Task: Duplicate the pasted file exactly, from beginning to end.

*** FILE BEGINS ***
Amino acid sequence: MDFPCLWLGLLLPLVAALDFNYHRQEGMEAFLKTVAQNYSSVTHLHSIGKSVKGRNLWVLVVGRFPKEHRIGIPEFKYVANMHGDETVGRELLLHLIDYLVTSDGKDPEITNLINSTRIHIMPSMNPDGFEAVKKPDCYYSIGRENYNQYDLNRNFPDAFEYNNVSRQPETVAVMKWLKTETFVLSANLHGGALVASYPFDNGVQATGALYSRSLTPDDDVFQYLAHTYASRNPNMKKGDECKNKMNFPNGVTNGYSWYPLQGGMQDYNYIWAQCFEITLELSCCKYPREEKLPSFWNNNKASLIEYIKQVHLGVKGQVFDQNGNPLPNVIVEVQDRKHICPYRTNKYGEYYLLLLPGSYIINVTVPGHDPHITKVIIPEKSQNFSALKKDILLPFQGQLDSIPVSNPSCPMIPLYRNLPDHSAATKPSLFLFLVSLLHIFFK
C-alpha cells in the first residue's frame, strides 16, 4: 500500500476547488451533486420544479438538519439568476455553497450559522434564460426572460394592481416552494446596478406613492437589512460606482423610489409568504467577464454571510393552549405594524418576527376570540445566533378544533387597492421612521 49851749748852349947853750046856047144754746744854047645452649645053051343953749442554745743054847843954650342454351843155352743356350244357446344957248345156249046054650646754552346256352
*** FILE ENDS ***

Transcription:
Amino acid sequence: MDFPCLWLGLLLPLVAALDFNYHRQEGMEAFLKTVAQNYSSVTHLHSIGKSVKGRNLWVLVVGRFPKEHRIGIPEFKYVANMHGDETVGRELLLHLIDYLVTSDGKDPEITNLINSTRIHIMPSMNPDGFEAVKKPDCYYSIGRENYNQYDLNRNFPDAFEYNNVSRQPETVAVMKWLKTETFVLSANLHGGALVASYPFDNGVQATGALYSRSLTPDDDVFQYLAHTYASRNPNMKKGDECKNKMNFPNGVTNGYSWYPLQGGMQDYNYIWAQCFEITLELSCCKYPREEKLPSFWNNNKASLIEYIKQVHLGVKGQVFDQNGNPLPNVIVEVQDRKHICPYRTNKYGEYYLLLLPGSYIINVTVPGHDPHITKVIIPEKSQNFSALKKDILLPFQGQLDSIPVSNPSCPMIPLYRNLPDHSAATKPSLFLFLVSLLHIFFK
C-alpha cells in the first residue's frame, strides 16, 4: 500500500476547488451533486420544479438538519439568476455553497450559522434564460426572460394592481416552494446596478406613492437589512460606482423610489409568504467577464454571510393552549405594524418576527376570540445566533378544533387597492421612521 49851749748852349947853750046856047144754746744854047645452649645053051343953749442554745743054847843954650342454351843155352743356350244357446344957248345156249046054650646754552346256352